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comitia

[kuh-mish-ee-uh]
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noun Roman History.
  1. an assembly of the people convened to pass on laws, nominate magistrates, etc.
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Origin of comitia

1615–25; < Latin, plural of comitium assembly, equivalent to com- com- + -it-, noun derivative of īre to go (cf. comes) + -ium -ium
Related formsco·mi·tial [kuh-mish-uh l] /kəˈmɪʃ əl/, adjective
Dictionary.com Unabridged Based on the Random House Unabridged Dictionary, © Random House, Inc. 2018

Examples from the Web for comitia

Historical Examples

  • Comitia centuriata were the most important of all the assemblies of the people.

    Roman Antiquities, and Ancient Mythology

    Charles K. Dillaway

  • By this rally of the Optimates the comitia is dissolved, the senate summoned.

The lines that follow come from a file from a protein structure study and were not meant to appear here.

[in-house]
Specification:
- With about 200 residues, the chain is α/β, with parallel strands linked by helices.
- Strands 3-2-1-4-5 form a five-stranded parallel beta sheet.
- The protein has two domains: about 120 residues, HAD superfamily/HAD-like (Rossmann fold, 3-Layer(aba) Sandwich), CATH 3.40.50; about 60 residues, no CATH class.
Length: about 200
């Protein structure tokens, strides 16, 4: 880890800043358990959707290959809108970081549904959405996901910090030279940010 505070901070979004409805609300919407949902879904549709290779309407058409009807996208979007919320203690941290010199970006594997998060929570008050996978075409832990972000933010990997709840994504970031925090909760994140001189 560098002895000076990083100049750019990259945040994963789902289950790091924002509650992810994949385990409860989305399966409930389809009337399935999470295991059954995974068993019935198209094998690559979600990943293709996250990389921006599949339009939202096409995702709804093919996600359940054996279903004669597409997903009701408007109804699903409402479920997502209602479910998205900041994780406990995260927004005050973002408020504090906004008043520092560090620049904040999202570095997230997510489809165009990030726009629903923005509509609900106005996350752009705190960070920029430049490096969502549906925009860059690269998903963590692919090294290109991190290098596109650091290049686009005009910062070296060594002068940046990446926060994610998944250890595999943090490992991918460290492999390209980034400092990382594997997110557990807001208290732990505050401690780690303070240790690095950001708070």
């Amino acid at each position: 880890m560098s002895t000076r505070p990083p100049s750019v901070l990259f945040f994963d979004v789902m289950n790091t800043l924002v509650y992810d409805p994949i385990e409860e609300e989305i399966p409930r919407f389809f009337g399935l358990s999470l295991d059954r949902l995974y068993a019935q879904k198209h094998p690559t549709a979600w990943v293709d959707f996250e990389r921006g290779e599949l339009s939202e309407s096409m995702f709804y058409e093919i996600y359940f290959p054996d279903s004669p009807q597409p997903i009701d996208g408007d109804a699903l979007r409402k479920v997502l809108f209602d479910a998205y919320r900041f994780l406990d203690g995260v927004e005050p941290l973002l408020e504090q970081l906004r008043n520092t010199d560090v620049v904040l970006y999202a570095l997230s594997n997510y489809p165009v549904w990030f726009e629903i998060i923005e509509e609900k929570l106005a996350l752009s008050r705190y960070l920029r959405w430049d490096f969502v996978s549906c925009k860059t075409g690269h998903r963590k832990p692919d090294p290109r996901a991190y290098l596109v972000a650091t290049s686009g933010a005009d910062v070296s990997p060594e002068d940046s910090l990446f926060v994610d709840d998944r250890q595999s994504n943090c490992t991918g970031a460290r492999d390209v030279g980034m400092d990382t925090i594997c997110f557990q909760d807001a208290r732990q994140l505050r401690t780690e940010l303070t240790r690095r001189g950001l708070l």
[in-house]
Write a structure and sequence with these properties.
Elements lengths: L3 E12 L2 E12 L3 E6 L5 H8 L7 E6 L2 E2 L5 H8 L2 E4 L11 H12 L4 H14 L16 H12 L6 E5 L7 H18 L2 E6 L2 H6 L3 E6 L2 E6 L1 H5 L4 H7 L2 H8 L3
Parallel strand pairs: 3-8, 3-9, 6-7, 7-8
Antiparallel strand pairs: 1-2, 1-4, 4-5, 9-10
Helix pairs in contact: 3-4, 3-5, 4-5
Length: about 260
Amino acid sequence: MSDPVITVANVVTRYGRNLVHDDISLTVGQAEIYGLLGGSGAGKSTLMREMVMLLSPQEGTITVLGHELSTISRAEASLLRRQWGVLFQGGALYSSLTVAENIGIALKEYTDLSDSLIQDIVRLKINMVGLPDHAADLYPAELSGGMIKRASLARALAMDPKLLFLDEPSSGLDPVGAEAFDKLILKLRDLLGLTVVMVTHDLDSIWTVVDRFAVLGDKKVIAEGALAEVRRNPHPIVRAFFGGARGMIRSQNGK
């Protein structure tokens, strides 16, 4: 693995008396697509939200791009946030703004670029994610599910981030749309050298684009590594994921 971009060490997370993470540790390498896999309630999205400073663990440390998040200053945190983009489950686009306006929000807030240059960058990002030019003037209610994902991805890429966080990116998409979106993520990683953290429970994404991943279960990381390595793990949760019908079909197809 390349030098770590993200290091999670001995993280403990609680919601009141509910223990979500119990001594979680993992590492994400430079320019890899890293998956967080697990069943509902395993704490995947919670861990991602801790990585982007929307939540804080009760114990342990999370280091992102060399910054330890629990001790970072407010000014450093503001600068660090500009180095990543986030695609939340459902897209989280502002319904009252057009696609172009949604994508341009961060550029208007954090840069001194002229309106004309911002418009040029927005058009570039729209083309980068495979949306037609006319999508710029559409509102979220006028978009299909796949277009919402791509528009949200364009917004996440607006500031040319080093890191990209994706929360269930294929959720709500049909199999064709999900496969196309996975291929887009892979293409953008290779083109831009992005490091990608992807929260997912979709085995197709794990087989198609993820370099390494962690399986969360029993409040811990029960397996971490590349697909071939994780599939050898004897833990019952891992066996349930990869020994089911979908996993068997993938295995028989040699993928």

The Letters of Cicero, Volume 1

    Marcus Tullius Cicero

  • Accordingly, the comitia have been postponed to the 27th of July.

    The Letters of Cicero, Volume 1

    Marcus Tullius Cicero

  • The Comitia Tributa were properly the council of the Roman people.

  • Now you have still the comitia by centuries, and the comitia by tribes.

    History of Julius Caesar Vol. 1 of 2

    Napoleon III, Emperor of the French, 1808-1873.


British Dictionary definitions for comitia

comitia

noun
  1. an ancient Roman assembly that elected officials and exercised judicial and legislative authority
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Derived Formscomitial (kəˈmɪʃəl), adjective

Word Origin

C17: from Latin comitium assembly, from com- together + īre to go
Collins English Dictionary - Complete & Unabridged 2012 Digital Edition © William Collins Sons & Co. Ltd. 1979, 1986 © HarperCollins Publishers 1998, 2000, 2003, 2005, 2006, 2007, 2009, 2012